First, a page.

MINEOLA - A shampoo and set costs $8 at Racheal's Style Shop.
Or, for a free hair curl, picture a hungry tiger padding along the main street in this small East Texas town.
Tigers are a buzzword in Mineola.
Big cats are the talk at downtown businesses like Kitchen's, the landmark hardware store and deli.
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Striped felines are the subject of reader letters published in the weekly Mineola Monitor.
Alarm bells began sounding several months ago after a New Jersey multimillionaire recently featured in The New York Times purchased 140 acres outside town and revealed plans to create a habitat for tigers on his land, which adjoins property owned by several residents and is near two housing subdivisions.
The neighbors' greatest fear?
"Tigers eating my grandkids and great-grandkids," Frank Trent, 73, said.
Retiree Diane Pitkin moved to this area five years ago to enjoy nature's beauty and the tranquility of rural life.
"We can't outrun a tiger," Pitkin said, voicing safety concerns for herself, her husband and their herd of 60 goats.
Another neighbor, Gary Bright, is worried, too.
"What if a tiger escapes? They do, even at zoos," Bright said. "What would be the cost?"
Paul Parmar of Colts Neck, N.J., now owns a parcel of picturesque land less than one mile east of the city limits.
The 37-year-old global entrepreneur and head of a private equity fund reportedly paid $1.3 million for the property off Farm Road 1801.
After Trent learned of Parmar's plans to put tigers near him, he fired off a descriptive letter to the local newspaper. "Think eight-hundred pound pit bull with PMS," he wrote. "If you see one [tiger] on your property and shoot him, he will most likely kill you anyway as they are practically bullet proof."
Trent said he and more than 300 others signed petitions opposing the big-cat compound. They were delivered to the county judge and sheriff.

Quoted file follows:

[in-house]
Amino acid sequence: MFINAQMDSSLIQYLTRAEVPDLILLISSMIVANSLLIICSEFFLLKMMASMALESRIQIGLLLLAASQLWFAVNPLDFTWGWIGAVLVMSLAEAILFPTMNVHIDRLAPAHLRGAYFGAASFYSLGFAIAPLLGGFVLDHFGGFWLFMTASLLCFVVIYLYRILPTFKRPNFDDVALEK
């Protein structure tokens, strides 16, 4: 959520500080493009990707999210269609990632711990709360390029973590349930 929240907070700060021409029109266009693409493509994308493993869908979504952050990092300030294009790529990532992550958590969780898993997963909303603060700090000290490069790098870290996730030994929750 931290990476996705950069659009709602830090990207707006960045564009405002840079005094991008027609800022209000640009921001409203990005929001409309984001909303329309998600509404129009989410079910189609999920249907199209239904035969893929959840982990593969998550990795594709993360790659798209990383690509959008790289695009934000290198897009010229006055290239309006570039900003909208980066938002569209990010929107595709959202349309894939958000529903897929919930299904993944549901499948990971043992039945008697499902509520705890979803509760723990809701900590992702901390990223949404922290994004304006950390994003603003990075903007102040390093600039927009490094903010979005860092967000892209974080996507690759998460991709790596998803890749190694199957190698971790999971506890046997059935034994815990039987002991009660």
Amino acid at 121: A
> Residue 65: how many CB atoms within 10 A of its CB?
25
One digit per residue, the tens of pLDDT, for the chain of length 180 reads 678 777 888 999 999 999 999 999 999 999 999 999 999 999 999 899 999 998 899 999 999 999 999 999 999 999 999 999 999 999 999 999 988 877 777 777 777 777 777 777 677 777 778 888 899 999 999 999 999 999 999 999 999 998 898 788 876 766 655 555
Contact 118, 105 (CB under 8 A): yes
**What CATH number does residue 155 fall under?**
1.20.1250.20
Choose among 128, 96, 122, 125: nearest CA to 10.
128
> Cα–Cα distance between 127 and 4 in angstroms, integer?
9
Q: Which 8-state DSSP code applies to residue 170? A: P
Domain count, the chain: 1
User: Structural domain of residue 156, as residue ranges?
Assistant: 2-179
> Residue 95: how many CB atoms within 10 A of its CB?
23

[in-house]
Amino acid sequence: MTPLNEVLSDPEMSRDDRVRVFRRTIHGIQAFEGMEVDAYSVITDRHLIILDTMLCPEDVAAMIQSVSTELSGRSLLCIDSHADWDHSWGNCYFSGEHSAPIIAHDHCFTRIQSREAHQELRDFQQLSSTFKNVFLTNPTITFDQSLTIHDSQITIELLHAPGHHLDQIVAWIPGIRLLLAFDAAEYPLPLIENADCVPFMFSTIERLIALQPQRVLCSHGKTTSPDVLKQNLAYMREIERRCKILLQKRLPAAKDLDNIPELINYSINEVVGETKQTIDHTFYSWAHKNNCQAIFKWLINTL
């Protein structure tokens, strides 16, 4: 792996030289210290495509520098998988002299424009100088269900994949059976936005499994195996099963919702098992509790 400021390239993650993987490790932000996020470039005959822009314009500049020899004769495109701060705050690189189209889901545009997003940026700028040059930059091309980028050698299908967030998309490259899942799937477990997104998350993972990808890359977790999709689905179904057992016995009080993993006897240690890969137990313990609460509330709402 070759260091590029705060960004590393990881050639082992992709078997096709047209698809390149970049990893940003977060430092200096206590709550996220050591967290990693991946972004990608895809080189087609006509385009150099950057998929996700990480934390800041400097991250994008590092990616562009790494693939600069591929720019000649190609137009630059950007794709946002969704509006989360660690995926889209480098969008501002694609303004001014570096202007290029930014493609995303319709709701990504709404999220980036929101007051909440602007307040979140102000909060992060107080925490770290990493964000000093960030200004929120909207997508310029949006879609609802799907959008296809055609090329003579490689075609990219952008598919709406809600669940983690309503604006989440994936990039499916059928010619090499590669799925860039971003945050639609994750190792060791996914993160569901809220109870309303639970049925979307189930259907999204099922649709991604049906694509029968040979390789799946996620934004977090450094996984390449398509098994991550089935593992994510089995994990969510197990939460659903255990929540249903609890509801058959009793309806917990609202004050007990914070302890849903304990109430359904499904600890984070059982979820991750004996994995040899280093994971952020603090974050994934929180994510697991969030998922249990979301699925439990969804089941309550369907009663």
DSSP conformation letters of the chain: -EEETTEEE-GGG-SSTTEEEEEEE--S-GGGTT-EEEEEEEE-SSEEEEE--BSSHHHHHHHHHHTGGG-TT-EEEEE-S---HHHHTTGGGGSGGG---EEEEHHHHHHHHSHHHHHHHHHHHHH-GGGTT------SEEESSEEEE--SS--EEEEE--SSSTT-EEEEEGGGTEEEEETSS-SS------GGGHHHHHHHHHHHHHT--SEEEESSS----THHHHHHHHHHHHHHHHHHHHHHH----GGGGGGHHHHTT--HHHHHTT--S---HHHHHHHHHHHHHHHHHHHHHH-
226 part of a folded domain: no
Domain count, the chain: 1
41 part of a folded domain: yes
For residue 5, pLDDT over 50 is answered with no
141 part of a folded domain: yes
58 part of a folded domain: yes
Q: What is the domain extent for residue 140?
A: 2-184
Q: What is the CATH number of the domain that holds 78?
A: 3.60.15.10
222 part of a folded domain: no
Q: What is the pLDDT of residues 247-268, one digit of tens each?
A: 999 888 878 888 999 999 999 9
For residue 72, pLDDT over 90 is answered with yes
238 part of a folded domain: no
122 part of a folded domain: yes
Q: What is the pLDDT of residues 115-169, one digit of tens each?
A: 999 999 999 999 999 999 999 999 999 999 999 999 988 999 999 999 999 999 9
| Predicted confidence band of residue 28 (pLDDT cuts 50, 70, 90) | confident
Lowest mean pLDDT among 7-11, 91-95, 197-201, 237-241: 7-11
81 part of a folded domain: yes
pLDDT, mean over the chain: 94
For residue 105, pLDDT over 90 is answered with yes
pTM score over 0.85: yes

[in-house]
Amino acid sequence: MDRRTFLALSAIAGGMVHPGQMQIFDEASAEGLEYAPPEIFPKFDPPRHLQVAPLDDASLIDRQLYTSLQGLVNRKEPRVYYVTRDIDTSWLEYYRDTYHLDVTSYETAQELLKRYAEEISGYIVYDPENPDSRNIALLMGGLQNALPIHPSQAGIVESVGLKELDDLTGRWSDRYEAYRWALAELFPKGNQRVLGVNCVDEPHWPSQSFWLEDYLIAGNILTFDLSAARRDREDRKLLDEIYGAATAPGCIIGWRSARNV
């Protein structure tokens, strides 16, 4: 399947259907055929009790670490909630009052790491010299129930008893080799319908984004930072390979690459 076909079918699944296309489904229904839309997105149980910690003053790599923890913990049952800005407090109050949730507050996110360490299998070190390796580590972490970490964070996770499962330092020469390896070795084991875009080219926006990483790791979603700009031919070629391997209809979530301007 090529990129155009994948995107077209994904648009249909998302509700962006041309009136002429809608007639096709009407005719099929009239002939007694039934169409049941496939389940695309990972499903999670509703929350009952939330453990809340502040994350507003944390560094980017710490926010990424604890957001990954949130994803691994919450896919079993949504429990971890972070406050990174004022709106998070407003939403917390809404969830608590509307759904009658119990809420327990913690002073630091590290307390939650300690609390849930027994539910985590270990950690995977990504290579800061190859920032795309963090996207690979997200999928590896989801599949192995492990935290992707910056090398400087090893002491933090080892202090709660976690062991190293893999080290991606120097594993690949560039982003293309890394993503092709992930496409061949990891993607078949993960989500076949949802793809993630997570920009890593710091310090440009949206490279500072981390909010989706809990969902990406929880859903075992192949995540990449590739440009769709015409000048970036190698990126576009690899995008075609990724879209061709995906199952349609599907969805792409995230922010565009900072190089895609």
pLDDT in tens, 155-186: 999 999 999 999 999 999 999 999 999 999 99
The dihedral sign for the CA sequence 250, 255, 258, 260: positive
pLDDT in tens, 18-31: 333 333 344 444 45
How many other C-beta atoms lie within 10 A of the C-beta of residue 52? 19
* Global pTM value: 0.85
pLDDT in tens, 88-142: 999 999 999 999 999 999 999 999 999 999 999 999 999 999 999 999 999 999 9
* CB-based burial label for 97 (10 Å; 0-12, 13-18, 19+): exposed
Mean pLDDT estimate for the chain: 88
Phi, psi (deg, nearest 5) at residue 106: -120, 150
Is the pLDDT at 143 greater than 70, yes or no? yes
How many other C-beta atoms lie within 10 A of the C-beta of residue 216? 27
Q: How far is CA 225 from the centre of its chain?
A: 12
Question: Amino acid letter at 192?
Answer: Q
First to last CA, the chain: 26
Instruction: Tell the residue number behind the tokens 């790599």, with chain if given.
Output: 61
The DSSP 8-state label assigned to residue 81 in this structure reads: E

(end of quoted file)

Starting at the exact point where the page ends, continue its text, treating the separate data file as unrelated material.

"The Bible states that, 'We should do our neighbor no harm as he lives by him for his safety,' " one petition read. "It is not neighborly to purchase land in an existing inhabited neighborhood for the purpose of raising dangerous animals without so much as discussing it with all those likely to be adversely affected by the act."
Trent said God and the law are on his side. According to a 2001 county order, a person may not own, keep or have custody over nondomestic animals such as big cats, gorillas, or bears unless the animals lived in Wood County before Jan. 1, 2002.
'Very safe habitat'
Tigers are not a rarity in Texas. The state has 1,341, according to the American Tiger Registry.
"Texas has more tigers now than India," said Brian Werner, co-founder of the Tiger Creek Wildlife Refuge, a Tyler-area sanctuary for abused, neglected and unwanted tigers and other big cats.
More than 20 tigers are housed at the International Exotic Animal Sanctuary near Boyd, 35 miles north of Fort Worth.
Bill Rathburn, a former Dallas police chief and a friend of Parmar, has kept big cats on his land outside Mineola for many years.
He said no one has complained about his five pet tigers, which are housed in large wire cages covering 20,000 square feet.
Raja, a 14-year-old Siberian tiger, is the oldest and largest. The others are Shahzada, Rani, Kumar and Berani.
"They're monstrous," City Council member E.F. "Bo" Whitus said. He spread his arms wide in a gesture of measurement. "I can't describe how big they are."
County Judge Bryan Jeanes said the law is clear -- no more big cats in the county.
"The county intends to enforce the order," Jeanes said. "Mr. Parmar has not contacted us or yet made any application."
Parmar, who was born in India, said he still hopes to one day build a 35-acre tiger habitat on his property. He described the estimated $24 million project as a "high-class version" of the Tiger Creek refuge.
"My idea is to create a very safe habitat for maybe five to seven tigers," Parmar said. "I may put a bed and breakfast there where people can stay and see the tigers. They are magnificent animals. Very few people see them up close. The entire focus is on safety and human education. I would have a professional company run it."
'A big business'
Parmar laughed at how wild gossip has put some people on edge.
"This has nothing to do with me being some crazy guy with 200 pet tigers running around behind a barbed-wire fence."
Parmer said it will be at least one year before he completes design plans and presents his concept to the county for consideration.
"This can be a big business. It could bring business to Mineola," Parmar said. "We're not planning to do anything illegal."
Rathburn, who supports the venture, said: "Whatever Paul does he will do first-class. It'll be a showplace, I'm sure."
Others feel Wood County already has five tigers too many.
"We've got a real nice zoo in Tyler," said Jim Nicholson, whose property adjoins Parmar's spread. "They've got tigers. Even a white one. I'll buy him [Parmar] a membership and buy Rathburn one, too. They can see all the tigers they want."